The lower-heat process also allows searching for specific classes of organics with known importance to life on Earth. For example, it can identify amino acids, the chain links of proteins. Other clues from SAM could also be hints about whether organics on Mars -- if detected at all -- come from biological processes or without biology, such as from meteorites. Certain carbon-isotope ratios in organics compared with the ratio in Mars' atmosphere could suggest meteorite origin. Patterns in the number of carbon atoms in organic molecules could be a clue. Researchers will check for a mixture of organics with chains of carbon atoms to see if the mix is predominated either by chains with an even number of carbon atoms or with an odd number. That kind of pattern, rather than a random blend, would be typical of biological assembly of carbon chains from repetitious subunits.

"Even if we see a signature such as mostly even-numbered chains in a mix of organics, we would be hesitant to make any definitive statements about life, but that would certainly indicate that our landing site would be a good place to come back to," Mahaffy said. A future mission could bring a sample back to Earth for more extensive analysis with all the methods available on Earth.

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Old 01-27-2011, 09:29 AM   #24
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Not a big post, but this is a short video of the Skycrane Fullmotion Drop Test
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Old 01-27-2011, 11:53 AM   #25
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The same, but embedded from YouTube:
Building Curiosity: Landing System Drop Test
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Old 01-29-2011, 01:57 PM   #26
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Space News: NASA’s Overbudget Mars Rover in Need of Another Cash Infusion:
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WASHINGTON — NASA’s Mars Science Laboratory (MSL) mission needs an $82 million cash infusion to maintain its late November launch date after development of the $2.47 billion rover exhausted program funding reserves last year, according to agency officials.

Jim Green, director of NASA’s Planetary Sciences Division in the U.S. space agency’s Science Mission Directorate here, attributed the 3 percent cost increase to problems developing the truck-sized rover’s mobility systems, avionics, radar and drill, as well as delays in completing the rover’s Sample Analysis at Mars instrument suite, which is designed to sniff the surrounding air for carbon-containing compounds.

“Our problem right now is MSL,” Green told members of the NASA Advisory Council’s planetary sciences subcommittee during a public meeting here Jan. 26. “It has virtually no unencumbered reserves left.”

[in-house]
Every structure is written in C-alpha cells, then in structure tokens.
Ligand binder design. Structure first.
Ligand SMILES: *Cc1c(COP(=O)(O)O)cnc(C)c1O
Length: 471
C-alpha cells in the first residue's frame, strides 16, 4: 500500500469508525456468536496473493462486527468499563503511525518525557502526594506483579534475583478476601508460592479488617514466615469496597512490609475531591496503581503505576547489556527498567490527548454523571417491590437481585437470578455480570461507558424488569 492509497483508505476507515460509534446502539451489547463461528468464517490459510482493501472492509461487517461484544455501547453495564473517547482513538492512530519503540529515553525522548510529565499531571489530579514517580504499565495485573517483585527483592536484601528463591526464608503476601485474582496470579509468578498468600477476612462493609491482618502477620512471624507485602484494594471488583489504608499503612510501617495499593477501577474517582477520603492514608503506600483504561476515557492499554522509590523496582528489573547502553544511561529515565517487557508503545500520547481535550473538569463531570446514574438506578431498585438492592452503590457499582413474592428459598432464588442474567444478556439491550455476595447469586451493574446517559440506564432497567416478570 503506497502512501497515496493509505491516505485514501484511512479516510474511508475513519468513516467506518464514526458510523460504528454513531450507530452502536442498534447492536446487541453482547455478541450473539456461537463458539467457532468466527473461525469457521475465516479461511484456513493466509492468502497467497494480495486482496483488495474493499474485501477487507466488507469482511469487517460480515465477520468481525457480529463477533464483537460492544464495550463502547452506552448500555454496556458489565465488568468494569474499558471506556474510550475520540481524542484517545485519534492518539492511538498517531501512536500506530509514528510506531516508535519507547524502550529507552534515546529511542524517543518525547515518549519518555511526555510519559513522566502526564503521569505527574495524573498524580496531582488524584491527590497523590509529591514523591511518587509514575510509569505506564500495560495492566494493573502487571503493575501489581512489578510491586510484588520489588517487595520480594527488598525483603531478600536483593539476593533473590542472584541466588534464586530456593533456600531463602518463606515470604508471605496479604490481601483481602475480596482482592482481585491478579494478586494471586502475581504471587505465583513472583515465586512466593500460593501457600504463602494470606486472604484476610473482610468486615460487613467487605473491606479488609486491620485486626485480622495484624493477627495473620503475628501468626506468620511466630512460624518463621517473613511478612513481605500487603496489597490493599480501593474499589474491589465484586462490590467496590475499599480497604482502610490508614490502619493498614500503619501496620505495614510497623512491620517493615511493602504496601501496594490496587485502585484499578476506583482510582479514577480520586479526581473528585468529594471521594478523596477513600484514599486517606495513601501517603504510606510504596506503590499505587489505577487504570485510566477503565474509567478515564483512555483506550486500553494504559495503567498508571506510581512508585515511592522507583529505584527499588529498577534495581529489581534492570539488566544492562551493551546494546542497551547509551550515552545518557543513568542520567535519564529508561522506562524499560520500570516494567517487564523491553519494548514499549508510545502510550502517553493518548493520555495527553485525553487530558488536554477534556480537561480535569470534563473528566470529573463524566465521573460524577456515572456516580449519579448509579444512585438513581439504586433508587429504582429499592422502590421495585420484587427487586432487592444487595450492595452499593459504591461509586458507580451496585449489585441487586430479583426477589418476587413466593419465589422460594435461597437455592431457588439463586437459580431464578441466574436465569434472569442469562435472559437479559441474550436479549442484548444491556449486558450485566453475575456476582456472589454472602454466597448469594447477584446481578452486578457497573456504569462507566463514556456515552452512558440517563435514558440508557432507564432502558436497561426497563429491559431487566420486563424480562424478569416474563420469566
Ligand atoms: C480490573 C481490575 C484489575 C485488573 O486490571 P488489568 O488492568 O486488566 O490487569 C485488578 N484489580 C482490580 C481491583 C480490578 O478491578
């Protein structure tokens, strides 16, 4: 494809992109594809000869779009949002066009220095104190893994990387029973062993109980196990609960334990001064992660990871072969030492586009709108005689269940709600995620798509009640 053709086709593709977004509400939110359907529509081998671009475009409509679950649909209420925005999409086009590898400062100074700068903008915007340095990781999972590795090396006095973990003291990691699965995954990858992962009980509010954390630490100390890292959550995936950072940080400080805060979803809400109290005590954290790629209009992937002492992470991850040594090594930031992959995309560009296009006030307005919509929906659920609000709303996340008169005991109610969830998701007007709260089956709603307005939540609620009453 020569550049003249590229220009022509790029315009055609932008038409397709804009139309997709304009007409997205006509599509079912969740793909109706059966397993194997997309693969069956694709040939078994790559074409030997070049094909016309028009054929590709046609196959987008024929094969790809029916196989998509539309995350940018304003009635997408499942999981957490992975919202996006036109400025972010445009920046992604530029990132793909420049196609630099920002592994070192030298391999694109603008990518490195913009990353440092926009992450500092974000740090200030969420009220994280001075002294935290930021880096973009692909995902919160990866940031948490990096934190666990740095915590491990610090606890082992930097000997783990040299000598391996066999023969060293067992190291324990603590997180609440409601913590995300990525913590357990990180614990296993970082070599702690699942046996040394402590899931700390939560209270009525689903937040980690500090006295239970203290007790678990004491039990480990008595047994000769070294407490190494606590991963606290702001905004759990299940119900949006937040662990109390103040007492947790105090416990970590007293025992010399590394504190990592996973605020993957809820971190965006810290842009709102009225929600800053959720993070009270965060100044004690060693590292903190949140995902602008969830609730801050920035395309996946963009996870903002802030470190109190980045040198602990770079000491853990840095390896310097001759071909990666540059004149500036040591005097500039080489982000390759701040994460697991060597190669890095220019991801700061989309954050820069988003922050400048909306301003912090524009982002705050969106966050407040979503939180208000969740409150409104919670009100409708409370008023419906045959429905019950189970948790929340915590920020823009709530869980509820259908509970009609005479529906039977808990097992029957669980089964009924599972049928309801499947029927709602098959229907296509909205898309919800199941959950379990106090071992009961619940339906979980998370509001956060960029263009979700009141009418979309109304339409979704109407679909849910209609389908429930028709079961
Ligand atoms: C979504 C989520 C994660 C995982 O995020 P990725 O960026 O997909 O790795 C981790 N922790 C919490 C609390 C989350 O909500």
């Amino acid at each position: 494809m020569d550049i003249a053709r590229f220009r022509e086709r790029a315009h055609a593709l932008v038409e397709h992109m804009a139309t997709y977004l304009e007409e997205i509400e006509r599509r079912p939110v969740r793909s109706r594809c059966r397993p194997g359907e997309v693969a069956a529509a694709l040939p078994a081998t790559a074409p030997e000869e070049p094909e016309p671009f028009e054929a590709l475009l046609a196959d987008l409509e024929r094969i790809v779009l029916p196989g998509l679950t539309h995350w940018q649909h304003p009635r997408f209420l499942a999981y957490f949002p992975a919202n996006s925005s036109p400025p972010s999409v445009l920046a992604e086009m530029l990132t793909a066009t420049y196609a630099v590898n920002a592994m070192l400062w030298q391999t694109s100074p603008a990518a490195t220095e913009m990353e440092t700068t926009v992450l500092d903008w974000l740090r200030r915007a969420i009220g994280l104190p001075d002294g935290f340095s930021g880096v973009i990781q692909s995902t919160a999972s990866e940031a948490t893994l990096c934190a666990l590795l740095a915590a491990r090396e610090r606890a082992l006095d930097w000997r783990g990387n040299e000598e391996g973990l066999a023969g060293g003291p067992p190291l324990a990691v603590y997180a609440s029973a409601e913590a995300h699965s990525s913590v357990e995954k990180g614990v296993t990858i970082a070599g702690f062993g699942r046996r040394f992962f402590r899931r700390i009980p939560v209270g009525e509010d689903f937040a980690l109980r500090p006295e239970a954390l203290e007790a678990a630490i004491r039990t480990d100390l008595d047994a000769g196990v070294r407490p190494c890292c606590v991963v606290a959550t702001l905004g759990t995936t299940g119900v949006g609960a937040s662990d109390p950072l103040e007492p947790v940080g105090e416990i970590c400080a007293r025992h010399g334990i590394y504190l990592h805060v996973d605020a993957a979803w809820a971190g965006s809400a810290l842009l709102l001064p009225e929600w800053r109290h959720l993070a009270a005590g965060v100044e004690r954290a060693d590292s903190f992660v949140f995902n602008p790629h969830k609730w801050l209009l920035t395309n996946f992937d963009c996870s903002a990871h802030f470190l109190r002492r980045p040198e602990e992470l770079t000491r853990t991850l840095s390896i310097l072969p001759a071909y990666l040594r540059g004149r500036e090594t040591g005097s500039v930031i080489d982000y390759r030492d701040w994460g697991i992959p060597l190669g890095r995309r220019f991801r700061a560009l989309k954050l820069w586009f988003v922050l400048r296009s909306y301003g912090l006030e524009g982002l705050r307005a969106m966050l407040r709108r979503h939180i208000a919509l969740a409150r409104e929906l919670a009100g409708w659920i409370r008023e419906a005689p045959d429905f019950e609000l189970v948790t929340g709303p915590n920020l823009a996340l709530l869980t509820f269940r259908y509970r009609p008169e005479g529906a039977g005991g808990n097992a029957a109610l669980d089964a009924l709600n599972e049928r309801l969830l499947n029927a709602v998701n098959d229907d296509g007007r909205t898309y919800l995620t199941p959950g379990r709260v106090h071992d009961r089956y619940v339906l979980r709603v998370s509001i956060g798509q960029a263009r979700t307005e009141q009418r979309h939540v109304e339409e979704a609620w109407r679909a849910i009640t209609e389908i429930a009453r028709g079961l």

With MSL slated for delivery to Florida’s Cape Canaveral Air Force Station in June, Green said it is imperative that the program’s funding reserves be restored in order to gird against any further development or test problems that could cause the rover to miss an unforgiving three-week launch window that opens Nov. 25.

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Old 03-19-2011, 01:06 AM   #27
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NASA / NASA JPL:
Madrid Event Marks Spain's Role in Next Mars Mission

March 17, 2011

Spain is providing a key science instrument and the high-gain antenna communication subsystem for NASA's Mars Science Laboratory mission, on track for launch this year.

At a small ceremony held March 17, 2011, in Madrid, representatives of the United States and Spain signed an agreement for cooperation on the mission. Signers included Alan D. Solomont, U.S. ambassador to Spain; Arturo Azcorra, director general of Spain's Center for the Development of Industrial Technology; and Jaime Denis, director general of Spain's National Institute for Aerospace Technology. Spain's Minister of Defense Carme Chacon Piqueras and Minister of Science and Innovation Cristina Garmendia Mendizabal were also present.

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Sensors on two finger-like mini-booms extending horizontally from the mast of NASA's Mars rover Curiosity will monitor wind speed, wind direction and air temperature. Image credit: NASA/JPL-Caltech


The Mars Science Laboratory instrument provided by Spain is the Remote Environmental Monitoring Station, which will measure daily and seasonal changes in weather using sensors on the mast, on the deck and inside the mission's rover. The rover's high-gain antenna will send and receive communications directly between the rover and Earth, using X-band radio transmissions.

The mission's rover, named Curiosity, is currently in vacuum-chamber testing at NASA's Jet Propulsion Laboratory, Pasadena, Calif., where it is being built and tested. This is part of preparation for launch during the period Nov. 25 to Dec. 18, 2011, and landing on Mars in August 2012. Its 10 science investigations will assess the modern environment of the landing area and clues about environments billions of years ago.

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NASA / NASA JPL:
Next Mars Rover Gets a Test Taste of Mars Conditions

March 18, 2011

A space-simulation chamber at NASA's Jet Propulsion Laboratory, Pasadena, Calif., is temporary home this month for the Curiosity rover, which will land on Mars next year.